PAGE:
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    MA 15 - Lung Cancer Biology II (ID 670)

    • Event: WCLC 2017
    • Type: Mini Oral
    • Track: Biology/Pathology
    • Presentations: 1
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      MA 15.11 - CCNE1, PTGS2, TGFA and WISP2 Predict Benefit from Bevacizumab and Chemotherapy in Patients with Advanced Non-Small Cell Lung Cancer (SAKK19/09) (ID 9592)

      15:45 - 17:30  |  Author(s): Lukas Bubendorf

      • Abstract
      • Presentation
      • Slides

      Background:
      Bevacizumab (Bev; Avastin[®]) is a monoclonal antibody against the vascular endothelial growth factor. No predictive biomarkers for the use of Bev have been established so far. We aimed identifying genes predictive for progression-free survival (PFS) and overall survival (OS) of patients treated in the trial SAKK19/09 (NCT01116219).

      Method:
      SAKK19/09 was a non-randomized phase II trial with two sequential cohorts including patients with non-squamous NSCLC and EGFR wild-type. In Cohort 1, 77 patients were treated with cisplatin (C) 75mg/m[2], pemetrexed (Pem) 500mg/m[2] and Bev 7.5mg/kg, followed by Bev+Pem maintenance. Cohort 2 included 52 patients treated with C+Pem followed by Pem maintenance. RNA was isolated from baseline tumor tissue sections and processed for gene expression analysis by Nanostring. Using the Nanostring nCounter® System (Nanostring Technologies) gene expression of 201 genes, including 6 housekeeping genes was measured using a custom-designed codeset. For each gene, a Cox regression was performed with normalized gene expressions, treatment and the interaction for PFS and OS. No adjustment for multiple testing was done.

      Result:

      Gene Accession HR (95% confidence interval) p-value of interaction
      Cohort 1 Cohort 2
      Potential predictive markers for PFS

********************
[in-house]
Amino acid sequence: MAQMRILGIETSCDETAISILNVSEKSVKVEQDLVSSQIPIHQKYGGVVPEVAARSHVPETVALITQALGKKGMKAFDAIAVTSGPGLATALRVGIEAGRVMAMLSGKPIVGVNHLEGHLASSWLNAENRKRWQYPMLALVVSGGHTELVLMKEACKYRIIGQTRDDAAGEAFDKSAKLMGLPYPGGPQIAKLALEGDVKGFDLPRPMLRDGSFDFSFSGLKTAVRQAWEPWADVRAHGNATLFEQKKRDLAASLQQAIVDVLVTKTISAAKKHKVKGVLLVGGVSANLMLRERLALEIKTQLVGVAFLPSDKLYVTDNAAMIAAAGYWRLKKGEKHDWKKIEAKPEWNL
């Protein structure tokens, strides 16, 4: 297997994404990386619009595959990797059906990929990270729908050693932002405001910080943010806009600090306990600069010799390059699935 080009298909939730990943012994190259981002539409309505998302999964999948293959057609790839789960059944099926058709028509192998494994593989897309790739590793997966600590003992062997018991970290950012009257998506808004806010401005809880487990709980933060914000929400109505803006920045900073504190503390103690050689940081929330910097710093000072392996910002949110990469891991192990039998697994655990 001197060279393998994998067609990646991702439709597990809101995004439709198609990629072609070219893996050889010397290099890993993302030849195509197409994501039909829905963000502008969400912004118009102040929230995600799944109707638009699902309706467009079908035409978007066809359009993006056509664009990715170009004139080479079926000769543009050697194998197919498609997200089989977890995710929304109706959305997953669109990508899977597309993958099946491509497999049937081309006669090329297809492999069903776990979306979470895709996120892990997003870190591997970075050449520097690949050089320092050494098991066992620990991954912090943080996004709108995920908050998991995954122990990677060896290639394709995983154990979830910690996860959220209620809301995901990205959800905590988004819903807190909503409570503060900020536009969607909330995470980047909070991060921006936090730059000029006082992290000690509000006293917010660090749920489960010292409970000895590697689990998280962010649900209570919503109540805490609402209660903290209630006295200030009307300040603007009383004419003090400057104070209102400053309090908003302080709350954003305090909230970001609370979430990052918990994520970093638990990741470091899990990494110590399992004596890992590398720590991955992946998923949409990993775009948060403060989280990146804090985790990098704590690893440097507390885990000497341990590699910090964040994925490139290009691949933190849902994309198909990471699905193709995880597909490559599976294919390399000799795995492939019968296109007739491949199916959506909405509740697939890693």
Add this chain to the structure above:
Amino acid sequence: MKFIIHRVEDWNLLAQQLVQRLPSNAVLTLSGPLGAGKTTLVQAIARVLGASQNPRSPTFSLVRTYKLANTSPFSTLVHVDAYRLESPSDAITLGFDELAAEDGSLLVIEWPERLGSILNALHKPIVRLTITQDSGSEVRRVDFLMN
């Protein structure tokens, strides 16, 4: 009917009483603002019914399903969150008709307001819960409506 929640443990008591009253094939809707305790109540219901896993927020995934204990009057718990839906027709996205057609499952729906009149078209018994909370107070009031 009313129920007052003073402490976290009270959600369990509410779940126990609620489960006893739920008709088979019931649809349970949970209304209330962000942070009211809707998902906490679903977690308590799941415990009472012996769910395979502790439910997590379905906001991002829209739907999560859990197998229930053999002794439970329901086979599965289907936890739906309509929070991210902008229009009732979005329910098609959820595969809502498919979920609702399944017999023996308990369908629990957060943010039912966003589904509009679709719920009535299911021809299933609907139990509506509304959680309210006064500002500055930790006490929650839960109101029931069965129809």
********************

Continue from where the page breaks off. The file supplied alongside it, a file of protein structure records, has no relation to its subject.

AURKB NM_004217 1.09 (0.84-1.42) 0.78 (0.61-0.99) 0.0481
      CCNE1 NM_001238 1.09 (0.87-1.36) 0.73 (0.53-1.02) 0.0312
      CDKN2B NM_004936.3 0.80 (0.67-0.95) 1.10 (0.85-1.43) 0.0375
      MMP2 NM_004530.2 0.81 (0.67-0.97) 1.10 (0.91-1.34) 0.0258
      PTGS2 (COX-2) NM_000963.1 1.29 (1.06-1.58) 0.90 (0.78-1.04) 0.00352
      TGFA NM_003236.2 1.13 (0.94-1.37) 0.74 (0.53-1.03) 0.0452
      WISP2 NM_003881.2 0.82 (0.69-0.98) 1.24 (1.02-1.51) 0.0015
      Potential predictive markers for OS
      CCNE1 NM_001238 1.08 (0.86-1.36) 0.71 (0.49-1.02) 0.0324
      PTGS2 (COX-2) NM_000963.1 1.35 (1.10-1.65) 0.81 (0.69-0.95) <0.0001
      TGFA NM_003236.2 1.17 (0.96-1.43) 0.55 (0.33-0.91) 0.00352
      WISP2 NM_003881.2 0.87 (0.73-1.03) 1.14 (0.92-1.42) 0.0314
      We analyzed 99 patient samples (61 in Cohort 1; 38 in Cohort 2) with 201 genes at baseline. We found 7 genes potentially predictive for PFS (AURKB, CCNE1, CDKN2B, MMP2, PTGS2, TGFA, WISP2), 4 of which were also potentially predictive for OS (CCNE1, PTGS2, TGFA and WISP2) (Table 1).

      Conclusion:
      We identified several potentially predictive genes for Bev activity in combination with chemotherapy. Several of these (AURKB, CCNE1, CDKN2B, TGFA) have previously been shown to play an important role in cell cycle regulation and cell proliferation supporting the hypothesis that Bev supports chemotherapy activity. Notably, also a gene involved in inflammation (PTGS2) was significantly predictive for outcome. Further work is ongoing to explore changes in gene expression using tumor rebiopsies at progression.